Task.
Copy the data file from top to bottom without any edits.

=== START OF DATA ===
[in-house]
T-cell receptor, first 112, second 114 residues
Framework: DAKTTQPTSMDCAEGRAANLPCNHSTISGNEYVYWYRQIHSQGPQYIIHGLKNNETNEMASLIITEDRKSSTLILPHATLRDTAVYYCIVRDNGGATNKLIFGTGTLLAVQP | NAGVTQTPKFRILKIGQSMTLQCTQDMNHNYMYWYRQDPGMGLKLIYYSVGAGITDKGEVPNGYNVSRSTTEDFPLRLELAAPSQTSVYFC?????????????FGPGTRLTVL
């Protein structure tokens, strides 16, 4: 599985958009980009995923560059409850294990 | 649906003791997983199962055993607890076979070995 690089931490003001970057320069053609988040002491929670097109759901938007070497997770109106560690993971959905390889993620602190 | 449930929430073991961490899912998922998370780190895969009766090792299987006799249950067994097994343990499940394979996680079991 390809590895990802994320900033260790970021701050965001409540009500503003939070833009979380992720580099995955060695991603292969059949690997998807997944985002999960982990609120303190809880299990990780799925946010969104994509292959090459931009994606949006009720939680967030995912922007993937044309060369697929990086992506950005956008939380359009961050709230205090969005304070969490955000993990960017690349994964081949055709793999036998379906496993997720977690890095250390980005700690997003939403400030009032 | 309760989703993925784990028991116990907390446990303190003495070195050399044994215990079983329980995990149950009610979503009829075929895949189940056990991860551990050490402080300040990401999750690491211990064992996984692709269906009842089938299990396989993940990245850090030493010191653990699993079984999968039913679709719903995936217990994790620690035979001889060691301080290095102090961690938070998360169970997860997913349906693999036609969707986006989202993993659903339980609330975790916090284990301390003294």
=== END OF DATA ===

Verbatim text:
[in-house]
T-cell receptor, first 112, second 114 residues
Framework: DAKTTQPTSMDCAEGRAANLPCNHSTISGNEYVYWYRQIHSQGPQYIIHGLKNNETNEMASLIITEDRKSSTLILPHATLRDTAVYYCIVRDNGGATNKLIFGTGTLLAVQP | NAGVTQTPKFRILKIGQSMTLQCTQDMNHNYMYWYRQDPGMGLKLIYYSVGAGITDKGEVPNGYNVSRSTTEDFPLRLELAAPSQTSVYFC?????????????FGPGTRLTVL
């Protein structure tokens, strides 16, 4: 599985958009980009995923560059409850294990 | 649906003791997983199962055993607890076979070995 690089931490003001970057320069053609988040002491929670097109759901938007070497997770109106560690993971959905390889993620602190 | 449930929430073991961490899912998922998370780190895969009766090792299987006799249950067994097994343990499940394979996680079991 390809590895990802994320900033260790970021701050965001409540009500503003939070833009979380992720580099995955060695991603292969059949690997998807997944985002999960982990609120303190809880299990990780799925946010969104994509292959090459931009994606949006009720939680967030995912922007993937044309060369697929990086992506950005956008939380359009961050709230205090969005304070969490955000993990960017690349994964081949055709793999036998379906496993997720977690890095250390980005700690997003939403400030009032 | 309760989703993925784990028991116990907390446990303190003495070195050399044994215990079983329980995990149950009610979503009829075929895949189940056990991860551990050490402080300040990401999750690491211990064992996984692709269906009842089938299990396989993940990245850090030493010191653990699993079984999968039913679709719903995936217990994790620690035979001889060691301080290095102090961690938070998360169970997860997913349906693999036609969707986006989202993993659903339980609330975790916090284990301390003294």